Show Me the Money: Social media platform TikTok is now exploring strategies to monetise its India business, after having amassed a significant user base in India (accounting for almost half its global downloads in the first half of last year).
As per sources, the global monetisation team of TikTok's Chinese parent, ByteDance, had flown down last month for meetings with key Indian creators and influencers on the app, as well as digital agencies and marketers.
Meanwhile...: TikTok is in the process of launching new tools and features that would make it easier for brands to get more information on influencers and their user base, and push their product placement and purchase details more visibly through pop-up formats. The app also began advertising this month for TikTok ads within the app and on rival platforms like Instagram. ET Internet
Brownie Points: As per analysts, in order to turn debt-free before March 2021, as promised by Group Chairman and Managing Director Mukesh Ambani to its shareholders in August 2019 , Reliance Industries will have to push hard for the completion of announced deals such as that with Saudi Aramco.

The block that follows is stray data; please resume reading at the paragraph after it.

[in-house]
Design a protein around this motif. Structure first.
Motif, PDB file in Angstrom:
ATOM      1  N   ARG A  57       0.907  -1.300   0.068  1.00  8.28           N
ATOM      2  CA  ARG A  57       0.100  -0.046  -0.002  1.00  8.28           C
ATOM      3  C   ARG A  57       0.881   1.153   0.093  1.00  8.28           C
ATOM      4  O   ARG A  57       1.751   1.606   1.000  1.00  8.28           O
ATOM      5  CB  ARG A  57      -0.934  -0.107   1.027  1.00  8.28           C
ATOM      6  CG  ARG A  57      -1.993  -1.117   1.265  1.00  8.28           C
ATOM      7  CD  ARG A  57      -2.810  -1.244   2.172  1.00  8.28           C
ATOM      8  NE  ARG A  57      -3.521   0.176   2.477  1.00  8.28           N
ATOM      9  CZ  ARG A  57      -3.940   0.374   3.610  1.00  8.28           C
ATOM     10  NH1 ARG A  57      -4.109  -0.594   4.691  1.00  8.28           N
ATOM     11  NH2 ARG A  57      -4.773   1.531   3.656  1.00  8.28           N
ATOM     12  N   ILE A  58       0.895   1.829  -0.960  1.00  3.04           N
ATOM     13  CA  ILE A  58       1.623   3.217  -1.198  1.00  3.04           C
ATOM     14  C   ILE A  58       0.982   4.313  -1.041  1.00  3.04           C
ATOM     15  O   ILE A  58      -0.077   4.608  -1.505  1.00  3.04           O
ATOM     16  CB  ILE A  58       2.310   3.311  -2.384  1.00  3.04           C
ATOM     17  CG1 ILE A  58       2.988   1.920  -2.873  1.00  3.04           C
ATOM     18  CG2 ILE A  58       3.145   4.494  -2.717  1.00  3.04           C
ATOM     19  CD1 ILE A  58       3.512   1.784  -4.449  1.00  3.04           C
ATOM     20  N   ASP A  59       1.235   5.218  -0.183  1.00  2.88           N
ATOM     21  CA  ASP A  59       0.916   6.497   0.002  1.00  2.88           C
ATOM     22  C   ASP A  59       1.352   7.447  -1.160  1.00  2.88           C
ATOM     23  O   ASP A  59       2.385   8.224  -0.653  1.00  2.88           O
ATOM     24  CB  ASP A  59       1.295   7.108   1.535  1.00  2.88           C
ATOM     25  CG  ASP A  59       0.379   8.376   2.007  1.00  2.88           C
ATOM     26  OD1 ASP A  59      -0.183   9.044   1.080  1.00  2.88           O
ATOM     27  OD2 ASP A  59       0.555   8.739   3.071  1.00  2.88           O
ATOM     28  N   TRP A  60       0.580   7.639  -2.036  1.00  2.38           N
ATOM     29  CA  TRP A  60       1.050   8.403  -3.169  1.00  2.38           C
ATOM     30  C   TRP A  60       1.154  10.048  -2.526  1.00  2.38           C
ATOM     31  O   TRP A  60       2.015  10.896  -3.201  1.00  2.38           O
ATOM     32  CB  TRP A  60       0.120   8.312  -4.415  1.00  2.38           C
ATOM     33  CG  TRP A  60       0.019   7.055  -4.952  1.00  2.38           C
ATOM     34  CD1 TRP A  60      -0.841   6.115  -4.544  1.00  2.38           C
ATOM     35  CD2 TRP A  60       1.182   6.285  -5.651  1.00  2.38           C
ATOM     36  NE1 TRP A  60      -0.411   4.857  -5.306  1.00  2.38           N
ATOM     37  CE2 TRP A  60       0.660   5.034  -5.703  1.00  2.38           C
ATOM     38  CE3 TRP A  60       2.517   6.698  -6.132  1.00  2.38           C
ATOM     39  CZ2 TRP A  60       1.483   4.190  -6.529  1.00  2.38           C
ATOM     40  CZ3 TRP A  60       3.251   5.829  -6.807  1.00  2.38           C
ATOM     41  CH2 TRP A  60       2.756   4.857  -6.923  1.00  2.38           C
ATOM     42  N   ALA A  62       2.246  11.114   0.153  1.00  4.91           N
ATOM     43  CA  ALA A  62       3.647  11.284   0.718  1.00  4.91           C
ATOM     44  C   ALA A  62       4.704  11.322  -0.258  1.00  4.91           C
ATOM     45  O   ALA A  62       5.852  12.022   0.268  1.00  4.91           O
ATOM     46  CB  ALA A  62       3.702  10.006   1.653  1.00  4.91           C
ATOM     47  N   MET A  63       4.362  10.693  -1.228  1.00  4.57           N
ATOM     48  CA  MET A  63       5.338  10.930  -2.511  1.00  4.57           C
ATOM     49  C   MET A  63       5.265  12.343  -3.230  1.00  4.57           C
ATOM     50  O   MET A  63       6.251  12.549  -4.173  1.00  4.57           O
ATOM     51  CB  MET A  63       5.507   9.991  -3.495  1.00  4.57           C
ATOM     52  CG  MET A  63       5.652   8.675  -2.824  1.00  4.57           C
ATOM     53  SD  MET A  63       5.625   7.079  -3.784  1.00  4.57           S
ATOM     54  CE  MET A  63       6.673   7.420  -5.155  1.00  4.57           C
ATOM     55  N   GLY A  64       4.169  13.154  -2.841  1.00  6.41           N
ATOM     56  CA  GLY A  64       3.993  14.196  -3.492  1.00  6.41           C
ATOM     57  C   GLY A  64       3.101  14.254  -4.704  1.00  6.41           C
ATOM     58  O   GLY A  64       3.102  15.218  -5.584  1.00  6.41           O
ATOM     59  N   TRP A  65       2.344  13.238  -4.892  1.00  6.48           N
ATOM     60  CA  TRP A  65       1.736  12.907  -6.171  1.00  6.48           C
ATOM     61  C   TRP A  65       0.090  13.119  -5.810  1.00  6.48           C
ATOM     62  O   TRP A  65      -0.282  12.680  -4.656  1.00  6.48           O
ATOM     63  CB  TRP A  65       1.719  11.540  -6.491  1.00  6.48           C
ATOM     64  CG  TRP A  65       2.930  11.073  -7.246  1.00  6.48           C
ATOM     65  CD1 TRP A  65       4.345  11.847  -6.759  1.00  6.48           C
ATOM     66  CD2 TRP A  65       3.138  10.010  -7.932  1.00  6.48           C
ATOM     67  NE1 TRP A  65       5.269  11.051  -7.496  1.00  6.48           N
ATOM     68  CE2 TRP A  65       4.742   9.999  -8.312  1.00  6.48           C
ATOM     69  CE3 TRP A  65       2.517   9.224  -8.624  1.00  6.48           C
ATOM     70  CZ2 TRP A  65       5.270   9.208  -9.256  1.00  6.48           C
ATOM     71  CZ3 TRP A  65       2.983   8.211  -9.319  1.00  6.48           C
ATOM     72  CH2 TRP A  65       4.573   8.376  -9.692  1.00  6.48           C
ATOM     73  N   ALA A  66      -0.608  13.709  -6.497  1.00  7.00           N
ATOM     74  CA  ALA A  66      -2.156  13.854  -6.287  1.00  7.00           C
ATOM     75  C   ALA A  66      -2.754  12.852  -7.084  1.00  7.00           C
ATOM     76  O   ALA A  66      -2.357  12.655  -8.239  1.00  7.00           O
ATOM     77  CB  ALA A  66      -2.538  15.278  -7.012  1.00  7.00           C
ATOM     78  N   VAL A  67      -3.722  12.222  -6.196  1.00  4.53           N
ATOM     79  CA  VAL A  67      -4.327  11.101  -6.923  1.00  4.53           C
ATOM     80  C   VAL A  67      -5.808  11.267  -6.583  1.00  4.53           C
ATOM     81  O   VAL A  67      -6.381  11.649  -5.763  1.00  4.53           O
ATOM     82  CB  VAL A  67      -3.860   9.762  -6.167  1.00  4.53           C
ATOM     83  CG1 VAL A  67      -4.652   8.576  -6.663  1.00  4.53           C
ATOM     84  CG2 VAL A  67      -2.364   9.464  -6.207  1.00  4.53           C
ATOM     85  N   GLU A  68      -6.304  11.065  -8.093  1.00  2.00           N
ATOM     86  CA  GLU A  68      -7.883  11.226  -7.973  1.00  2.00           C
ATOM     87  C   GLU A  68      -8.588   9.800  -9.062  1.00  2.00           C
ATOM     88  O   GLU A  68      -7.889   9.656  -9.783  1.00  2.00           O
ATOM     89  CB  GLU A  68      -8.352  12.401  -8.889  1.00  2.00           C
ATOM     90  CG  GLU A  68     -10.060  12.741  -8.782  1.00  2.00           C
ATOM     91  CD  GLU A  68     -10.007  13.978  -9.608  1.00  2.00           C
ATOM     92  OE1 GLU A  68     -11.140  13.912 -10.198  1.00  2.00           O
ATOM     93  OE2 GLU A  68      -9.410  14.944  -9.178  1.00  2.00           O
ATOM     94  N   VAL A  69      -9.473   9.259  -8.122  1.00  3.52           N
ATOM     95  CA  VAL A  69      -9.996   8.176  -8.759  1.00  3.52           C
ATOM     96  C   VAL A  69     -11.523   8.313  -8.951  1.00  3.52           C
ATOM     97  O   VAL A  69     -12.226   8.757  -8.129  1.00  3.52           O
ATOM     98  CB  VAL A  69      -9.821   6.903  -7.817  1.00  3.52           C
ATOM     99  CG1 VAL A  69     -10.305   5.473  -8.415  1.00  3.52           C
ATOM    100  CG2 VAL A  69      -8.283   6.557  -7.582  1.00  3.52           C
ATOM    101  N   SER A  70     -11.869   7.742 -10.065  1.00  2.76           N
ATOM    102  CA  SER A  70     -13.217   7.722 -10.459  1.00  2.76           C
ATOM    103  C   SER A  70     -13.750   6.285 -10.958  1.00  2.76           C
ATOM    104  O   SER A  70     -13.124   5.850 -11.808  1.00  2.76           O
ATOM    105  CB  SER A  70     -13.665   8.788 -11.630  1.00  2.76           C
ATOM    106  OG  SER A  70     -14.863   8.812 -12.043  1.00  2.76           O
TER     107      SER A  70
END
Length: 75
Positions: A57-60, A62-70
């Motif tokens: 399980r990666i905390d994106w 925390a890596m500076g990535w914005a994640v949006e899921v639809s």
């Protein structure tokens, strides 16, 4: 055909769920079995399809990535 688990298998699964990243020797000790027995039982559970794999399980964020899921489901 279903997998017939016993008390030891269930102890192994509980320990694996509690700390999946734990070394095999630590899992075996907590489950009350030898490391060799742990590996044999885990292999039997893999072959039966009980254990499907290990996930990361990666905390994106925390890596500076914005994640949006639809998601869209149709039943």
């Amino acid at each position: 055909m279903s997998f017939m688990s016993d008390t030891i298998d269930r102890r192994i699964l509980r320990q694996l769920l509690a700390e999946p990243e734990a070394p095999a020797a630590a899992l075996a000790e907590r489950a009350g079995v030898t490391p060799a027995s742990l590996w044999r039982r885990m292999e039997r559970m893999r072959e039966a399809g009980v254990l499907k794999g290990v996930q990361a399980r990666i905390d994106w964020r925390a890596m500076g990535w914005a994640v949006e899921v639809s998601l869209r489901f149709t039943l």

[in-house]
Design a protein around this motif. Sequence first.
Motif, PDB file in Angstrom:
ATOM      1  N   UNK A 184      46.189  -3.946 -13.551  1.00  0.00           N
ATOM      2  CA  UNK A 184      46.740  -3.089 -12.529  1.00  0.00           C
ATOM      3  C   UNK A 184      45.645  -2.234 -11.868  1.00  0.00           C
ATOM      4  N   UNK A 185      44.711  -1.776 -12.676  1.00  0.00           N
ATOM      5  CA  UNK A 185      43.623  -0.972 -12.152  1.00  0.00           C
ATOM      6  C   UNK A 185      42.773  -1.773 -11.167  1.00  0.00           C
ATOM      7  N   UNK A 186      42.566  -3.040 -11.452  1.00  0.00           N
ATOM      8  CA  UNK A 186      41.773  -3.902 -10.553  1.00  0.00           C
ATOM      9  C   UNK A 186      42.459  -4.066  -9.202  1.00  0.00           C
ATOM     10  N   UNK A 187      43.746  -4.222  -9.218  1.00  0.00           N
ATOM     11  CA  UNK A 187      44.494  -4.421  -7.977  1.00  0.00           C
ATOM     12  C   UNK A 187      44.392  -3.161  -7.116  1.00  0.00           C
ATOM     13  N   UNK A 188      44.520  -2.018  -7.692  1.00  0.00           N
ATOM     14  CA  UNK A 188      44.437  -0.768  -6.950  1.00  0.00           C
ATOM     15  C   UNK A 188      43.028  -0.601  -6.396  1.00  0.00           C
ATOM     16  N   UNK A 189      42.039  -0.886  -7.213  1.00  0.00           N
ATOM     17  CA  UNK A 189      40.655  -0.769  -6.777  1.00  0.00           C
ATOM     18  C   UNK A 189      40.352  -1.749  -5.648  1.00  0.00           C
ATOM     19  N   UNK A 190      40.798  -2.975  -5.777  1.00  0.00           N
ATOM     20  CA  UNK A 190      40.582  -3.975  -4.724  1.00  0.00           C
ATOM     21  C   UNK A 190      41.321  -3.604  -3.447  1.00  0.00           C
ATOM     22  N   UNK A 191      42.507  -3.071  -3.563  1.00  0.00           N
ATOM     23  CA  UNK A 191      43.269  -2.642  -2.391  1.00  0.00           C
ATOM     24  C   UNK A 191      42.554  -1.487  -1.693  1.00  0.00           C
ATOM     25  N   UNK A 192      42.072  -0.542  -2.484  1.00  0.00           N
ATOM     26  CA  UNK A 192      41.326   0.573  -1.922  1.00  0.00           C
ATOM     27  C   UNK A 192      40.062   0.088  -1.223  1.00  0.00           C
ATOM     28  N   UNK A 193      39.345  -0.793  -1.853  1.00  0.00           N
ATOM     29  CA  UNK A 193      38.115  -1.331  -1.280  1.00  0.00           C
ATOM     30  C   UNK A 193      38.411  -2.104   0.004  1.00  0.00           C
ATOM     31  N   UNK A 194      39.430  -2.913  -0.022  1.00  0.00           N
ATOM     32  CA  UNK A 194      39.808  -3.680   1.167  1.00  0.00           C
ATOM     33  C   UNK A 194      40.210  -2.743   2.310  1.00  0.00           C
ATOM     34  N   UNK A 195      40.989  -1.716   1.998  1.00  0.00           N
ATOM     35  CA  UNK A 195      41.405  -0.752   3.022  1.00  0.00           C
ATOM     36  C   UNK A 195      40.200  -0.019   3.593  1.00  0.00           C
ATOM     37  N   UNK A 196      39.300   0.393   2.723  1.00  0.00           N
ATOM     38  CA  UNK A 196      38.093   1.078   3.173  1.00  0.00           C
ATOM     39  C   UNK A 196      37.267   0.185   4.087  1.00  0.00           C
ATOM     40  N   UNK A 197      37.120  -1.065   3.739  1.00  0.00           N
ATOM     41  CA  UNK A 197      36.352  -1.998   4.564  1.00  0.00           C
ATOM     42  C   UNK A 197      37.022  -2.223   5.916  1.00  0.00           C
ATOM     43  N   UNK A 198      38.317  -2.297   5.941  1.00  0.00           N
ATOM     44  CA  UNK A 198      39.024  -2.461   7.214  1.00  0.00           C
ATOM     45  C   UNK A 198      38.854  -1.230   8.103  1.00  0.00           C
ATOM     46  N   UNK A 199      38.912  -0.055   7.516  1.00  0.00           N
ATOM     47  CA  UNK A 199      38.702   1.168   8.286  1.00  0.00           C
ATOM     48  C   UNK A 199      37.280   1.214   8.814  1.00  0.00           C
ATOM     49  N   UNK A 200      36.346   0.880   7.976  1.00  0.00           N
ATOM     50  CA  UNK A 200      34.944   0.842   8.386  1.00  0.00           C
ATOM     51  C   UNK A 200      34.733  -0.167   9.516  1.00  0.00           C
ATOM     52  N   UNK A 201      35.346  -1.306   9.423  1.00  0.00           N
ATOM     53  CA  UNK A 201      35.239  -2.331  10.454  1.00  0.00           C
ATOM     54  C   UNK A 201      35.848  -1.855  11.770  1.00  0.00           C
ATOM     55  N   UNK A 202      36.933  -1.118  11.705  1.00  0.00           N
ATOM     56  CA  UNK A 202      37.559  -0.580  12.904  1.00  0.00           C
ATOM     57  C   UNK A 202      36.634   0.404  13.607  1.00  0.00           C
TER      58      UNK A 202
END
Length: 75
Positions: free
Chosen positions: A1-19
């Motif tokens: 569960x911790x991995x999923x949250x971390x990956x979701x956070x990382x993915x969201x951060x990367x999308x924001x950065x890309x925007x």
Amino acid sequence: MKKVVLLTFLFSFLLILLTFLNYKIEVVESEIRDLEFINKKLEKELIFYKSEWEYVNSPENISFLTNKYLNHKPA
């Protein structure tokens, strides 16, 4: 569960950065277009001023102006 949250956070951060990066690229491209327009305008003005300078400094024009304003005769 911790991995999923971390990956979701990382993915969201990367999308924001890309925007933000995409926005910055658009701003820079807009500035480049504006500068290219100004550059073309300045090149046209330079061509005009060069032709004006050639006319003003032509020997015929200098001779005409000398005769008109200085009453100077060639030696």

Analysts also added that the company will need stronger free cash flow (FCF) and more deals to meet debt reduction targets. BS
Blast-Off: SpaceX just hit a major milestone...by intentionally blowing up one of its rockets.
A Falcon 9 rocket with an uncrewed Crew Dragon capsule was launched from Kennedy Space Centrein Florida at 7:30 a.m. PT. The Crew Dragon capsule separated from the Falcon 9 about 80 seconds after takeoff (watch video here), got clear of the rocket, reoriented itself by firing thrusters, and then took a parachute ride down to the Atlantic Ocean. Meanwhile, the the rocket didn't survive the test intact - as planned.